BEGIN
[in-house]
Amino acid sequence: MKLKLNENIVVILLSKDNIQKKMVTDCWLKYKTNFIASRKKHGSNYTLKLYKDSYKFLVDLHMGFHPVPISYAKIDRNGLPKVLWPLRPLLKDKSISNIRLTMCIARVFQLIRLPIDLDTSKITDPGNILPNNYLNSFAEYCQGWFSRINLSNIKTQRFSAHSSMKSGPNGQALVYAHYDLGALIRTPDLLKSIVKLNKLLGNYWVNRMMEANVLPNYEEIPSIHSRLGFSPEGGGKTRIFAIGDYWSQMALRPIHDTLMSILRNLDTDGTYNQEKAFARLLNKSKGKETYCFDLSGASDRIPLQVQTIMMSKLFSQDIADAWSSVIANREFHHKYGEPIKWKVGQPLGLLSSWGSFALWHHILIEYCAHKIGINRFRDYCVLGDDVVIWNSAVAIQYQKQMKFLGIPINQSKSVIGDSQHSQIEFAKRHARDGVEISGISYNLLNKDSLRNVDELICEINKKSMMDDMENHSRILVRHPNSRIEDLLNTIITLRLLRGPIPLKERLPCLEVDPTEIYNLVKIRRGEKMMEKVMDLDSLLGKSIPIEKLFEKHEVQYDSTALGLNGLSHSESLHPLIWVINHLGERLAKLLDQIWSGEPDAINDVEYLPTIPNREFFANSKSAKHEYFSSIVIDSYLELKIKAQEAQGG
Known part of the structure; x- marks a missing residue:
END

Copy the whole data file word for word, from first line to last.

[in-house]
Amino acid sequence: MKLKLNENIVVILLSKDNIQKKMVTDCWLKYKTNFIASRKKHGSNYTLKLYKDSYKFLVDLHMGFHPVPISYAKIDRNGLPKVLWPLRPLLKDKSISNIRLTMCIARVFQLIRLPIDLDTSKITDPGNILPNNYLNSFAEYCQGWFSRINLSNIKTQRFSAHSSMKSGPNGQALVYAHYDLGALIRTPDLLKSIVKLNKLLGNYWVNRMMEANVLPNYEEIPSIHSRLGFSPEGGGKTRIFAIGDYWSQMALRPIHDTLMSILRNLDTDGTYNQEKAFARLLNKSKGKETYCFDLSGASDRIPLQVQTIMMSKLFSQDIADAWSSVIANREFHHKYGEPIKWKVGQPLGLLSSWGSFALWHHILIEYCAHKIGINRFRDYCVLGDDVVIWNSAVAIQYQKQMKFLGIPINQSKSVIGDSQHSQIEFAKRHARDGVEISGISYNLLNKDSLRNVDELICEINKKSMMDDMENHSRILVRHPNSRIEDLLNTIITLRLLRGPIPLKERLPCLEVDPTEIYNLVKIRRGEKMMEKVMDLDSLLGKSIPIEKLFEKHEVQYDSTALGLNGLSHSESLHPLIWVINHLGERLAKLLDQIWSGEPDAINDVEYLPTIPNREFFANSKSAKHEYFSSIVIDSYLELKIKAQEAQGG
Known part of the structure; x- marks a missing residue: